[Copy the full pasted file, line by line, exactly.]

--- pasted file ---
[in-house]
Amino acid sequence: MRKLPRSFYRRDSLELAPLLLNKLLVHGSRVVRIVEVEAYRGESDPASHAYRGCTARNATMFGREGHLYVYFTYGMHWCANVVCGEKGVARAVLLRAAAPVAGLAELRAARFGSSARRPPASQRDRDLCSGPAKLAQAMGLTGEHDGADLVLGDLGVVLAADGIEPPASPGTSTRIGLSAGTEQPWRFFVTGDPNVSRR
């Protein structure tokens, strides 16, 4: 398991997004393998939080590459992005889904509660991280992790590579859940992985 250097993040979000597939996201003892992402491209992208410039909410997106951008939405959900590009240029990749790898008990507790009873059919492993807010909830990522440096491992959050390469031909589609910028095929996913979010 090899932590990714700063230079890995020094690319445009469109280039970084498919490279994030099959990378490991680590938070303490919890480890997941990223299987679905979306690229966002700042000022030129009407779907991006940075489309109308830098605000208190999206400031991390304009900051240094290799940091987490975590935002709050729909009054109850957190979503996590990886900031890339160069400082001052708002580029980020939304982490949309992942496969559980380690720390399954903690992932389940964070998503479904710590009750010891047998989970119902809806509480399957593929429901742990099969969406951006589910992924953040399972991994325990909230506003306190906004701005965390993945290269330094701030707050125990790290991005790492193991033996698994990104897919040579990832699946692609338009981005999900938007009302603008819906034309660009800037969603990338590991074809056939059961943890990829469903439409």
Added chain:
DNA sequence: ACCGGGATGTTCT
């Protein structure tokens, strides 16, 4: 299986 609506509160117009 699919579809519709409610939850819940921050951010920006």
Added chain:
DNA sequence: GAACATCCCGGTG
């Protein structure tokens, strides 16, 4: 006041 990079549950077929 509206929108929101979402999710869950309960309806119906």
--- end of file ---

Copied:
[in-house]
Amino acid sequence: MRKLPRSFYRRDSLELAPLLLNKLLVHGSRVVRIVEVEAYRGESDPASHAYRGCTARNATMFGREGHLYVYFTYGMHWCANVVCGEKGVARAVLLRAAAPVAGLAELRAARFGSSARRPPASQRDRDLCSGPAKLAQAMGLTGEHDGADLVLGDLGVVLAADGIEPPASPGTSTRIGLSAGTEQPWRFFVTGDPNVSRR
């Protein structure tokens, strides 16, 4: 398991997004393998939080590459992005889904509660991280992790590579859940992985 250097993040979000597939996201003892992402491209992208410039909410997106951008939405959900590009240029990749790898008990507790009873059919492993807010909830990522440096491992959050390469031909589609910028095929996913979010 090899932590990714700063230079890995020094690319445009469109280039970084498919490279994030099959990378490991680590938070303490919890480890997941990223299987679905979306690229966002700042000022030129009407779907991006940075489309109308830098605000208190999206400031991390304009900051240094290799940091987490975590935002709050729909009054109850957190979503996590990886900031890339160069400082001052708002580029980020939304982490949309992942496969559980380690720390399954903690992932389940964070998503479904710590009750010891047998989970119902809806509480399957593929429901742990099969969406951006589910992924953040399972991994325990909230506003306190906004701005965390993945290269330094701030707050125990790290991005790492193991033996698994990104897919040579990832699946692609338009981005999900938007009302603008819906034309660009800037969603990338590991074809056939059961943890990829469903439409």
Added chain:
DNA sequence: ACCGGGATGTTCT
């Protein structure tokens, strides 16, 4: 299986 609506509160117009 699919579809519709409610939850819940921050951010920006």
Added chain:
DNA sequence: GAACATCCCGGTG
């Protein structure tokens, strides 16, 4: 006041 990079549950077929 509206929108929101979402999710869950309960309806119906």